Microplastics, and healing ourselves and the planet

Microplastics, and healing ourselves and the planet

Remember the sea horse swimming with a discarded cotton bud? The photograph was captured by Justin Hofman snorkeling along the reef near Sumbawa Besar, Indonesia and illustrates the shocking extent of pollution in our oceans.

Or the sea turtle, who all too often confuses floating plastic for jellyfish or algae. Unfortunately, research suggests that 52% of the world’s turtles have eaten plastic waste at one time or another, some in alarming quantities according to a University of Tokyo study.  So why would we think the impact of plastic waste is confined to the wildlife on our shores. 

Recent studies show that plastic is leaving an impact on humans too.

Earlier this year (March) the UK’s Guardian newspaper reported that scientists had detected microplastics in human blood. For the first time. Tiny particles present in nearly 80% of the people tested.  Half the samples contained PET plastic (Polyethylene Terephthalate) largely used for synthetic fibres, drinks bottles and packaging resins, a third contained polystyrene and a quarter polyethylene – used to make plastic carrier bags. Americans use, on average, 365 plastic bags per person per year, while people in Denmark use on average 4.

Responding to the study, Prof Dick Vethaak, ecotoxicologist at Vrije Universiteit Amsterdam in the Netherlands told the Guardian “It is certainly reasonable to be concerned, the particles are there and are transported throughout the body,” explaining that previous studies showed microplastics were 10 times higher in baby’s faeces compared with adults and that babies fed with plastic bottles are swallowing millions of microplastic particles each day.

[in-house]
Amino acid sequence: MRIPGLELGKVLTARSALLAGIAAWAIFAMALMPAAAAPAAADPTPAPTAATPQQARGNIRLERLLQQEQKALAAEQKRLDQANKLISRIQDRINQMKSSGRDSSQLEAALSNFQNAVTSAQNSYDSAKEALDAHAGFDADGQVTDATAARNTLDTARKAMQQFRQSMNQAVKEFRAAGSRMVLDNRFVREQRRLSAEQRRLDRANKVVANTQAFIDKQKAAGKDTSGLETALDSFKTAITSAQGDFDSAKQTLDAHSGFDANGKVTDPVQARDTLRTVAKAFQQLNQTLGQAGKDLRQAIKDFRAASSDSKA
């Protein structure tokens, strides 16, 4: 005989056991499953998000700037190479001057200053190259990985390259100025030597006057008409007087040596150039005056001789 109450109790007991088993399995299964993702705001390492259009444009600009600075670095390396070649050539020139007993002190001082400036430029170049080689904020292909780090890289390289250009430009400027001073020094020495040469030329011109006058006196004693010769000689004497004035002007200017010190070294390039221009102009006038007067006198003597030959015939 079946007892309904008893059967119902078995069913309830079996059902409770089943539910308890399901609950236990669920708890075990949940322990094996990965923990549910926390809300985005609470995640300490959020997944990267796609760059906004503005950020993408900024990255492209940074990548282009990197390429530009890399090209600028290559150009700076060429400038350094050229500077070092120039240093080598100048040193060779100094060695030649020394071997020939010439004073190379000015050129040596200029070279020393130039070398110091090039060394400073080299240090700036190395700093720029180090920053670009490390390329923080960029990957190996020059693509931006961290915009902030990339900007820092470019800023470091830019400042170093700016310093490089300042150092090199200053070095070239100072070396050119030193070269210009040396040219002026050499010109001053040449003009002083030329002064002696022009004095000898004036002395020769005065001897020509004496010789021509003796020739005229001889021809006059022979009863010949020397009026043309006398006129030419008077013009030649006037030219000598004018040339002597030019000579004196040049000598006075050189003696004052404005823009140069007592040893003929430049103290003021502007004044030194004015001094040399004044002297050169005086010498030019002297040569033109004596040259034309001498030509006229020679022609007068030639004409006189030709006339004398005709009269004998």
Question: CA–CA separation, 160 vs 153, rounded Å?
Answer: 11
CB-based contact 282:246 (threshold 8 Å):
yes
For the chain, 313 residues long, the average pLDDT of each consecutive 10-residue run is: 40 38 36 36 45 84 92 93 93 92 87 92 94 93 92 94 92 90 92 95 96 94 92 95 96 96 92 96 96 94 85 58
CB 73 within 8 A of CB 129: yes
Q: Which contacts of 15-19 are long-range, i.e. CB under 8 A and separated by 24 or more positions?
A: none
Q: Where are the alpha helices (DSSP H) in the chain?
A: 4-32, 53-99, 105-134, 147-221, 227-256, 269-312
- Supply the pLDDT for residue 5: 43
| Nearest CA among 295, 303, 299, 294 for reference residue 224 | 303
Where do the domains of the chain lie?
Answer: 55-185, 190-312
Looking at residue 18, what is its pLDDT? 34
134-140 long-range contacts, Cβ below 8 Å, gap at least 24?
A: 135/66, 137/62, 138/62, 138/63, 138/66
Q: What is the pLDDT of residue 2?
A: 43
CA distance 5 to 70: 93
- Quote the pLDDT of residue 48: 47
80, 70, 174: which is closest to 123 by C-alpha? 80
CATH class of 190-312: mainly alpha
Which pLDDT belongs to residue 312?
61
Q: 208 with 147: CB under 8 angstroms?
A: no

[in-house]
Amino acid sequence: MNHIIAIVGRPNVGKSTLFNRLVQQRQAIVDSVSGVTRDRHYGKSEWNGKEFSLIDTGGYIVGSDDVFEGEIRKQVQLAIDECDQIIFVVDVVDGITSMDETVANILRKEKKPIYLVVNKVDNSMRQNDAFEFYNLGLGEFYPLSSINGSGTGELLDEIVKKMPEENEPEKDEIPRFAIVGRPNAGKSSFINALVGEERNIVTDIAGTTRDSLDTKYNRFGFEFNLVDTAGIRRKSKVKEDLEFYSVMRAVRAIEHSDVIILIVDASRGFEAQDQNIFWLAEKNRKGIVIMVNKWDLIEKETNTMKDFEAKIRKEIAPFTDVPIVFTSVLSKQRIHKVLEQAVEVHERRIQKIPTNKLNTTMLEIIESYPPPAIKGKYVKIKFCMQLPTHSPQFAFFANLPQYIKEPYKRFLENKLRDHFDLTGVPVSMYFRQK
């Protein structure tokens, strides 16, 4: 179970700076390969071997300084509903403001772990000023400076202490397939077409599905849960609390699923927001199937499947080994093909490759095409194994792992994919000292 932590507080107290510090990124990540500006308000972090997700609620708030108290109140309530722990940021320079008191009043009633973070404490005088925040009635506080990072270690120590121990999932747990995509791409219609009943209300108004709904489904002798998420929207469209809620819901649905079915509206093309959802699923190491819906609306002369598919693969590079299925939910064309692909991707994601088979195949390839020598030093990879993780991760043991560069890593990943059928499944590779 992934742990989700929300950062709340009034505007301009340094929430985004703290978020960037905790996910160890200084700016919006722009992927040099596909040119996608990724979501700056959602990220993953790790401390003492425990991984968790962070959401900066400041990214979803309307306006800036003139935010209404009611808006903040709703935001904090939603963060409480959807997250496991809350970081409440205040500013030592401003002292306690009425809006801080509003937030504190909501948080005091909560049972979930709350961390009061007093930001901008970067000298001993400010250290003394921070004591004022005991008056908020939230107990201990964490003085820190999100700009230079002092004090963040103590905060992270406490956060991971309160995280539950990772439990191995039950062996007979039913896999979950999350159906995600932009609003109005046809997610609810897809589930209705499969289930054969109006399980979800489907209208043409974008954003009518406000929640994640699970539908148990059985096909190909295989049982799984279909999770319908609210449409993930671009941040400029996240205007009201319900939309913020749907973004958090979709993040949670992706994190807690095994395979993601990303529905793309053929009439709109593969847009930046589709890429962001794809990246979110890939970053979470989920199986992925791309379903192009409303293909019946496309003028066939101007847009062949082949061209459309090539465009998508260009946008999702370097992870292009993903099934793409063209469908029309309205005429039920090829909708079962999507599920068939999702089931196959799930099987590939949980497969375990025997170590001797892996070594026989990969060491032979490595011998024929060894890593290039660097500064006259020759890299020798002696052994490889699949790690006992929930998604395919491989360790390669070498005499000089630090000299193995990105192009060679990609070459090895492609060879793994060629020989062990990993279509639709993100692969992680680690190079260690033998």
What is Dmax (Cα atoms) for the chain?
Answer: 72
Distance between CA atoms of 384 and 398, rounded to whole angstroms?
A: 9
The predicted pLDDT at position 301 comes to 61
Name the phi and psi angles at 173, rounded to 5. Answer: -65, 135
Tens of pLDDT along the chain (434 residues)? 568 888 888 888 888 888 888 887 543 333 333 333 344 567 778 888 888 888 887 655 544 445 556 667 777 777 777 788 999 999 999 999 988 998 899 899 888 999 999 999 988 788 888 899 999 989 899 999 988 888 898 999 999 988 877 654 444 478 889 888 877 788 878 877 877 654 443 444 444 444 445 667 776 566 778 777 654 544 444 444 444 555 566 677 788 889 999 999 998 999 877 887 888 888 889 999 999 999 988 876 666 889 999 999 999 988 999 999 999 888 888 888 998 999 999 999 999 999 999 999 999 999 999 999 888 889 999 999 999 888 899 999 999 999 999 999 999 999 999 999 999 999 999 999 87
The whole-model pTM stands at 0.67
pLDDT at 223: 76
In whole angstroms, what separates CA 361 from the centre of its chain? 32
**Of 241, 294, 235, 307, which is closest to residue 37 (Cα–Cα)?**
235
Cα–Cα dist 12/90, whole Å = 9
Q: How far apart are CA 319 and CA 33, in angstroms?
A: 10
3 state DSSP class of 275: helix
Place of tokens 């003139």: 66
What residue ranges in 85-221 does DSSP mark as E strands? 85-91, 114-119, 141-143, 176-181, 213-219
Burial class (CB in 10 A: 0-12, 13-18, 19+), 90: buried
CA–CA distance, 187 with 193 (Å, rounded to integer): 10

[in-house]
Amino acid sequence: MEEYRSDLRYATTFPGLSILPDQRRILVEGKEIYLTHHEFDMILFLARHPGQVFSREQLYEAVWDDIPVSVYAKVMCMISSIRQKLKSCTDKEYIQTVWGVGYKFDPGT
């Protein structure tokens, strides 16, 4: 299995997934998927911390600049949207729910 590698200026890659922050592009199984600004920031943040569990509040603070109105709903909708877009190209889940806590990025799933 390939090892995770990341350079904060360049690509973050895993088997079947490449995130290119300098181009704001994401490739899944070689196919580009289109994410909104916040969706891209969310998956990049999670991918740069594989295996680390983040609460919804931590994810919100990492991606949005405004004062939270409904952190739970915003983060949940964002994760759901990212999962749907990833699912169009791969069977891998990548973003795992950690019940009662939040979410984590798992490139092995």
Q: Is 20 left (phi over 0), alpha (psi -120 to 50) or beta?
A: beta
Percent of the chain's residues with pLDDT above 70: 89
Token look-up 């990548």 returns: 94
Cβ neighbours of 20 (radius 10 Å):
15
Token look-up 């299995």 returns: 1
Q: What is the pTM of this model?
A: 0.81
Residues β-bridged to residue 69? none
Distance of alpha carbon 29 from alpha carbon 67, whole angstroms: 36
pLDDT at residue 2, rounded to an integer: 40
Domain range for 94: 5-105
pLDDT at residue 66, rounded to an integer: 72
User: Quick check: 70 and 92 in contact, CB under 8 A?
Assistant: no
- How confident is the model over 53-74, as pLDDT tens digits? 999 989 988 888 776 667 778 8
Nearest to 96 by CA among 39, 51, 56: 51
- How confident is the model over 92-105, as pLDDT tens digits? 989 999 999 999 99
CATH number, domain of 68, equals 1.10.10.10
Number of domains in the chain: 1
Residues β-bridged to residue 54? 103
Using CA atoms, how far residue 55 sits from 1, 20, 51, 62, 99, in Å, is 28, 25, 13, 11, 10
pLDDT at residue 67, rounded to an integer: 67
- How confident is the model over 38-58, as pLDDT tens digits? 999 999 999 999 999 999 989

“We know, in general, that babies and young children are more vulnerable to chemical and particle exposure,” he said. “That worries me a lot.”

While the health impact is still unclear, researchers already know microplastics can damage human cells in the laboratory and air pollution particles cause millions of early deaths each year, so the impact of plastics on humanity, as well as wildlife, is not good.

With the world producing about 300 million metric tons of plastic per year and if reports are correct, 80% of it ending up in landfill, oceans, tributaries and other parts of our environment, it’s a mammoth task eradicating plastic pollution, but there is innovative work underway globally to replace plastics at source, with biodegradable alternatives and there are already simple swaps we can all make.

So, what is a Microplastic? 

A plastic - polyethylene, nylon or resin – measuring from 5mm in diameter (think eraser on your pencil tip) to 10 nanometers – smaller than you or I can actually see!  These tiny particles could be floating in the air, in your faucet, in bottled water and in the sea and soil.  But also closer to home, in your medicine cabinet and your first-aid tin.  The very place you go to for help!

From your exfoliants to the bandages you grab for your kids when they scrape their knee or bump their head – there are many simple swaps you can make to eliminate microplastics from your life. PATCH Bamboo bandages are completely natural and sustainable – being made from planet-friendly bamboo. Natural and non-toxic, bamboo doesn’t need pesticides or herbicides, uses less water, and grows much faster than trees, producing up to 35% more oxygen - making it a much more sustainable resource.

Proud to be B Corp certified, our aim at PATCH is to create products that don’t cost the earth but have a positive impact on it, focusing on utilising only sustainable, environmentally friendly materials that won’t leave their mark.

Make a simple swap today.

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